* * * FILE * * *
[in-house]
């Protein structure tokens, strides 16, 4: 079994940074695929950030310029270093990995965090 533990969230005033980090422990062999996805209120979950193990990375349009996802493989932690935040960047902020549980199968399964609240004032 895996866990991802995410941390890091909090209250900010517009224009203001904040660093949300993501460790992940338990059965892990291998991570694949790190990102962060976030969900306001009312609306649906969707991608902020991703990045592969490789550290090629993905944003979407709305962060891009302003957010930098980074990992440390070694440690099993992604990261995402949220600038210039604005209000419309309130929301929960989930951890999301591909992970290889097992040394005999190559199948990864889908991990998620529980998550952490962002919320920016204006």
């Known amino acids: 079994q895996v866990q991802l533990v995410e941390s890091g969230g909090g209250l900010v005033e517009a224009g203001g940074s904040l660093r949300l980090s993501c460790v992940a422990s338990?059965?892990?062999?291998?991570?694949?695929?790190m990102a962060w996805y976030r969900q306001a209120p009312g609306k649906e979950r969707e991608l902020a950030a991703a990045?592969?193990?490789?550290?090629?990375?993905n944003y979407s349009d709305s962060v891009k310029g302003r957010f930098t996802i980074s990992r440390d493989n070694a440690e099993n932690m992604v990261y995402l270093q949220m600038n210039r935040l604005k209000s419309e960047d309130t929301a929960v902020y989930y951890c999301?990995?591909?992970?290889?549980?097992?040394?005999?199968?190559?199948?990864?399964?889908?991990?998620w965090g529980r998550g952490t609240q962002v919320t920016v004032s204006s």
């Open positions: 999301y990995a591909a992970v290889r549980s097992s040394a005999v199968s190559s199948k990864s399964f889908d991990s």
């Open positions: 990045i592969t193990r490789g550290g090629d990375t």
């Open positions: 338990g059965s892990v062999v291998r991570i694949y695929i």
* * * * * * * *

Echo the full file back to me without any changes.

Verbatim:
[in-house]
């Protein structure tokens, strides 16, 4: 079994940074695929950030310029270093990995965090 533990969230005033980090422990062999996805209120979950193990990375349009996802493989932690935040960047902020549980199968399964609240004032 895996866990991802995410941390890091909090209250900010517009224009203001904040660093949300993501460790992940338990059965892990291998991570694949790190990102962060976030969900306001009312609306649906969707991608902020991703990045592969490789550290090629993905944003979407709305962060891009302003957010930098980074990992440390070694440690099993992604990261995402949220600038210039604005209000419309309130929301929960989930951890999301591909992970290889097992040394005999190559199948990864889908991990998620529980998550952490962002919320920016204006």
């Known amino acids: 079994q895996v866990q991802l533990v995410e941390s890091g969230g909090g209250l900010v005033e517009a224009g203001g940074s904040l660093r949300l980090s993501c460790v992940a422990s338990?059965?892990?062999?291998?991570?694949?695929?790190m990102a962060w996805y976030r969900q306001a209120p009312g609306k649906e979950r969707e991608l902020a950030a991703a990045?592969?193990?490789?550290?090629?990375?993905n944003y979407s349009d709305s962060v891009k310029g302003r957010f930098t996802i980074s990992r440390d493989n070694a440690e099993n932690m992604v990261y995402l270093q949220m600038n210039r935040l604005k209000s419309e960047d309130t929301a929960v902020y989930y951890c999301?990995?591909?992970?290889?549980?097992?040394?005999?199968?190559?199948?990864?399964?889908?991990?998620w965090g529980r998550g952490t609240q962002v919320t920016v004032s204006s």
């Open positions: 999301y990995a591909a992970v290889r549980s097992s040394a005999v199968s190559s199948k990864s399964f889908d991990s």
């Open positions: 990045i592969t193990r490789g550290g090629d990375t």
């Open positions: 338990g059965s892990v062999v291998r991570i694949y695929i």